February is an excellent time to listen and learn throughout Black History Month to increase both your knowledge and activism around social justice issues. We’re offering some ways to honor Black history by amplifying Black voices and advocating for the change you want to see take hold in the world.
This Black History Month, learn from these resources and expert voices to get inspired and find ways to take action:
- Anguish and Action — The Obama Foundation touches upon the killings of young Black men like Trayvon Martin, Ahmaud Arbery, Tamir Rice, and too many others at the hands of their fellow citizens—in addition to the Black lives of Tyre Nichols, Breonna Taylor, and George Floyd being cut short by police—have left many of us anguished and outraged. While now is a time for grief and anger, it is also a time for resolve. Find resources below to learn what you can do to create a more just and equitable world.
- BLM influencers: 10 Black Lives Matter activists on Facebook, Instagram, TikTok and Twitter You Should Follow — From John Legend to Ibram X. Kendi to Rachel Cargle to Ijeoma Oluo, USA Today offers top social media influencers who are leading the national conversation on racial justice.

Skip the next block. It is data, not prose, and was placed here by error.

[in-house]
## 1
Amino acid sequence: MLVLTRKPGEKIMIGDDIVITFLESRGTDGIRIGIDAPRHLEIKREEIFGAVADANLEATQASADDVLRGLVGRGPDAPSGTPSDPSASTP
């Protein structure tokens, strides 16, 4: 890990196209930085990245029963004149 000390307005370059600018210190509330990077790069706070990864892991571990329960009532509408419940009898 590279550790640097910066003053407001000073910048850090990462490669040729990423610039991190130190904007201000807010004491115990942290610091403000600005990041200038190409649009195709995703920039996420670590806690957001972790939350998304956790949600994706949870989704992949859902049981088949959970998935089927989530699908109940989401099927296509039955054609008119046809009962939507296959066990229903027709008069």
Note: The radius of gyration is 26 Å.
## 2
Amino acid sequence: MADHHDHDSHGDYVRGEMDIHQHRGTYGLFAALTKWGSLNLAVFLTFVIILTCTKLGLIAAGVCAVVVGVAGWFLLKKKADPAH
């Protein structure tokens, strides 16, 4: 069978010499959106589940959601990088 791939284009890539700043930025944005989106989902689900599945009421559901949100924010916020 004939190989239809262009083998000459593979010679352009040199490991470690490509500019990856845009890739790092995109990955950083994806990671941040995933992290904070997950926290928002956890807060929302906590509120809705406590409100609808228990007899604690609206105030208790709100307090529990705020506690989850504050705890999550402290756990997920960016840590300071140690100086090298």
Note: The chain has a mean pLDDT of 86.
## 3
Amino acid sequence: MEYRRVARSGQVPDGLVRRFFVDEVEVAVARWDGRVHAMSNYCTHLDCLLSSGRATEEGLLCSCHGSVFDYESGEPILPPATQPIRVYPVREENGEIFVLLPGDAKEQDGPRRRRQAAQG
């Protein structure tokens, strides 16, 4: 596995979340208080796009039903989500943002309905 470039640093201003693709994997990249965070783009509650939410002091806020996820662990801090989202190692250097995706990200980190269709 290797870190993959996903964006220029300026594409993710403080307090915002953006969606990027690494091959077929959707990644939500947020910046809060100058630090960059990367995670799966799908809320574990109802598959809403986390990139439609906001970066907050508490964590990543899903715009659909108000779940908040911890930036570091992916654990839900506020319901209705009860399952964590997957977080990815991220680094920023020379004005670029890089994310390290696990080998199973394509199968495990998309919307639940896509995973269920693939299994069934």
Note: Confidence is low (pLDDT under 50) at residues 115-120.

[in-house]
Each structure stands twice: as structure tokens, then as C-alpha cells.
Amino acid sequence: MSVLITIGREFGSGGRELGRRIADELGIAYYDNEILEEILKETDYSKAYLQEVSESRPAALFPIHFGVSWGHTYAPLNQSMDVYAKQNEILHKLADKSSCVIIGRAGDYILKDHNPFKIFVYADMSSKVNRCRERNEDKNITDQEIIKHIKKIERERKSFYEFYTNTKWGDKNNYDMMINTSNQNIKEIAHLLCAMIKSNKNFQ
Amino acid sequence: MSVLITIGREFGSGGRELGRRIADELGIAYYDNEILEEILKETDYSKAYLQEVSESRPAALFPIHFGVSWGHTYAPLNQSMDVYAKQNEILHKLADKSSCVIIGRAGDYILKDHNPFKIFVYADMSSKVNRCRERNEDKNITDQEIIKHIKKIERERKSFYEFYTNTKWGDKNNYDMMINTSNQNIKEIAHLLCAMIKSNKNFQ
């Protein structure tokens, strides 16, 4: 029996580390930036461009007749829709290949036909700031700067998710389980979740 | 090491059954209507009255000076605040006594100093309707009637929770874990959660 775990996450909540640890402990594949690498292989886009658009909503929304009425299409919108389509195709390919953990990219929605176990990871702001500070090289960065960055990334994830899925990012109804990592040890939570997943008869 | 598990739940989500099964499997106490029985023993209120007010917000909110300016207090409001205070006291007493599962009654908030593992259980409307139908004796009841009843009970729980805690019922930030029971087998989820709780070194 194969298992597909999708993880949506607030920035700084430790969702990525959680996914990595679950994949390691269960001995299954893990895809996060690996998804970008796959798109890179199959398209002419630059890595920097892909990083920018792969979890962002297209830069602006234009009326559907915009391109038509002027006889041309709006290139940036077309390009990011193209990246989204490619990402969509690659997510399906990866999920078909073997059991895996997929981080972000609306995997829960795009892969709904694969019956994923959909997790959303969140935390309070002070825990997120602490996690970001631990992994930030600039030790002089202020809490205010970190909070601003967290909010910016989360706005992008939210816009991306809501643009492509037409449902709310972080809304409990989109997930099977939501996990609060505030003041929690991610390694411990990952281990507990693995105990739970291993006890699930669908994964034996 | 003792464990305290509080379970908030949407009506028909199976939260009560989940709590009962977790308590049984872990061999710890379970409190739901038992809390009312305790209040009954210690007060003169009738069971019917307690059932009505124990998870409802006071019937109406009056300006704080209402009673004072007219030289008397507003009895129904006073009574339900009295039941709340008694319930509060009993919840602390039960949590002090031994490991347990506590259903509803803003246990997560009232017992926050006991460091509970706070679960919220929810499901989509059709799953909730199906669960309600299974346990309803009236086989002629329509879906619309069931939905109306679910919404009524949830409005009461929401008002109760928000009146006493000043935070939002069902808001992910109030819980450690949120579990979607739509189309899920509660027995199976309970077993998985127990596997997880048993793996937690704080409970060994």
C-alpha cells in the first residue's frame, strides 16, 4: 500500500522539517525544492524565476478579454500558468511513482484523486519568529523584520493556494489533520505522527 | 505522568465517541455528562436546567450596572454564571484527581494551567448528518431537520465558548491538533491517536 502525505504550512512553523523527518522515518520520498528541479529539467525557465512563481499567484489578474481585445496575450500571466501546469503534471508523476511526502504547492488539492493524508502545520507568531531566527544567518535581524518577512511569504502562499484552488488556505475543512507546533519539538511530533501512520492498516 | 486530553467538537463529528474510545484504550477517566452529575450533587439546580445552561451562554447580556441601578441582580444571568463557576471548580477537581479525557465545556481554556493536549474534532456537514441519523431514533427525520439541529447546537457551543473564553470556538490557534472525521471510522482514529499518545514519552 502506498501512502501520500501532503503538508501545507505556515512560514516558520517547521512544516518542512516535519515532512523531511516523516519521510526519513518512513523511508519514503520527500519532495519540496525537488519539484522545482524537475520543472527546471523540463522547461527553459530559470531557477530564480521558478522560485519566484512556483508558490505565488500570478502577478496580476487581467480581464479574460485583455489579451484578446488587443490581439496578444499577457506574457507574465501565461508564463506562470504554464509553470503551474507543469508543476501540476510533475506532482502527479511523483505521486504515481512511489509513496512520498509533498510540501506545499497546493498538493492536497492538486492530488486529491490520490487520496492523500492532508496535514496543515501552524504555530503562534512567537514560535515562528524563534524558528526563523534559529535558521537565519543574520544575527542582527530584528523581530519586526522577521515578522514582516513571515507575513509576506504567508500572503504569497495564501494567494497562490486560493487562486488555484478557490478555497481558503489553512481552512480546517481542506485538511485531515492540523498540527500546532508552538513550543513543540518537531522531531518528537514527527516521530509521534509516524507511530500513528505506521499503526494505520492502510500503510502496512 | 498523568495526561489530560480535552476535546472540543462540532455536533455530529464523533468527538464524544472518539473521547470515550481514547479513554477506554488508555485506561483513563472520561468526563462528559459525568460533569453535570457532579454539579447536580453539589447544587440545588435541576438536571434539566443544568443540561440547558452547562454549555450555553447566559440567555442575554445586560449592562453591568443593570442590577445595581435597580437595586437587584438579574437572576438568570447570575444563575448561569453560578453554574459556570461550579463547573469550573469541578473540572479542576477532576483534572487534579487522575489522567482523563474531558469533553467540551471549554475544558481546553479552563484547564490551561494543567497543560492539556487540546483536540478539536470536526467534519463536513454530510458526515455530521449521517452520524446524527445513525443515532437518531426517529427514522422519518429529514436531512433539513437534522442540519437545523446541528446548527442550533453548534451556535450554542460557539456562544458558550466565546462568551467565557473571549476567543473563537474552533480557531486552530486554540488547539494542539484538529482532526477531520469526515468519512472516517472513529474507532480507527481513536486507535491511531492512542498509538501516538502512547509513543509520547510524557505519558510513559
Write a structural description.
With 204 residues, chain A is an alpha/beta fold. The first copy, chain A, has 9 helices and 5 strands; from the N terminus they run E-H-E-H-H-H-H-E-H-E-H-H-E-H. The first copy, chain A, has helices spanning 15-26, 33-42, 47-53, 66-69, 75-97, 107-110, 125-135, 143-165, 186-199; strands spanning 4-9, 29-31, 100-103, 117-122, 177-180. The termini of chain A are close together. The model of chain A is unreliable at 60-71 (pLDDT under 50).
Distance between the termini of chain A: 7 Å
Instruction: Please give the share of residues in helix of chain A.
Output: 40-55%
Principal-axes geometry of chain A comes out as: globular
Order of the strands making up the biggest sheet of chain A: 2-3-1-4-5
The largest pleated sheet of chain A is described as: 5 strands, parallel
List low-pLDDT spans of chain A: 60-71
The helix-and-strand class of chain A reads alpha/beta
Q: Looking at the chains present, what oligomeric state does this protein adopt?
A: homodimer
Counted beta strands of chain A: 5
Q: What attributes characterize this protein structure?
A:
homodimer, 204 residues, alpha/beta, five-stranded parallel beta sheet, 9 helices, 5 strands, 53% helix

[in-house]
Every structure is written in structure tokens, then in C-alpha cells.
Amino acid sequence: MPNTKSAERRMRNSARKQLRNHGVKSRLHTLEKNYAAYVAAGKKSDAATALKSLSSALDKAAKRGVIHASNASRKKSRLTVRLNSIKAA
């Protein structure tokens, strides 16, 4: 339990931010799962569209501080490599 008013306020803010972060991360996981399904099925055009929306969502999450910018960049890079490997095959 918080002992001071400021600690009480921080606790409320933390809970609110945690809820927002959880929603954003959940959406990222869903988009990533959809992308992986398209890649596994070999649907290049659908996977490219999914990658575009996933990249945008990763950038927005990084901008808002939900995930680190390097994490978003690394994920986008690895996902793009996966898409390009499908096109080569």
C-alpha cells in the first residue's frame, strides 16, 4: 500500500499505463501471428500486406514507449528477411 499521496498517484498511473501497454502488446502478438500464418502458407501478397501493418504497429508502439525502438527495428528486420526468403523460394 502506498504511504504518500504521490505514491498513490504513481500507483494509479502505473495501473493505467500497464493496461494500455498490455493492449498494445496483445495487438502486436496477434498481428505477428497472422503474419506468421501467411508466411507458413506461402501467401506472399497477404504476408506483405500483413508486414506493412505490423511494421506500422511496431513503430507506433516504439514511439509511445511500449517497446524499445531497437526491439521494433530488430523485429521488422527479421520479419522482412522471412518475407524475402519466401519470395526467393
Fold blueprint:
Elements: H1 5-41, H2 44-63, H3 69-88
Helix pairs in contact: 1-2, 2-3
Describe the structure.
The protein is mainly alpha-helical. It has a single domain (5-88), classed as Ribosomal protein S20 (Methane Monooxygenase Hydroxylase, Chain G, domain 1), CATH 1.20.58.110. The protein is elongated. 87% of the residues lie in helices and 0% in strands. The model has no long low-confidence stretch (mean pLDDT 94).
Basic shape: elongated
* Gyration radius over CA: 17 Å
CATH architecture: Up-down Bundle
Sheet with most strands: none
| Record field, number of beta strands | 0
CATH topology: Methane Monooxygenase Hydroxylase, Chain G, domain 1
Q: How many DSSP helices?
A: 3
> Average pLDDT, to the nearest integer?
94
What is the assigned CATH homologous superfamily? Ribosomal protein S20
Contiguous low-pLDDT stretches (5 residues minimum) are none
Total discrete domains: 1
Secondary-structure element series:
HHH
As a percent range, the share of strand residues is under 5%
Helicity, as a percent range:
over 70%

- 31 History-Making Black Americans Everyone Should Know — When it comes to pioneers in African American history, Dr. Martin Luther King Jr., Rosa Parks, Maya Angelou, James Baldwin, and Muhammad Ali are often mentioned—and rightfully so. But what do you know about other Black history heroes?
- Daily Point of Light Honorees — More than 7,400 everyday heroes have been received a Daily Point of Light Award. Alyssa Rambert, Qu’Derrick Covington, Nolan Smith and Brandon Griggs have all chosen to shine a light on equity and social justice with their work in their communities. Get inspired and learn how they’re making a difference.
Understand Why Listening and Learning is Central to Social Impact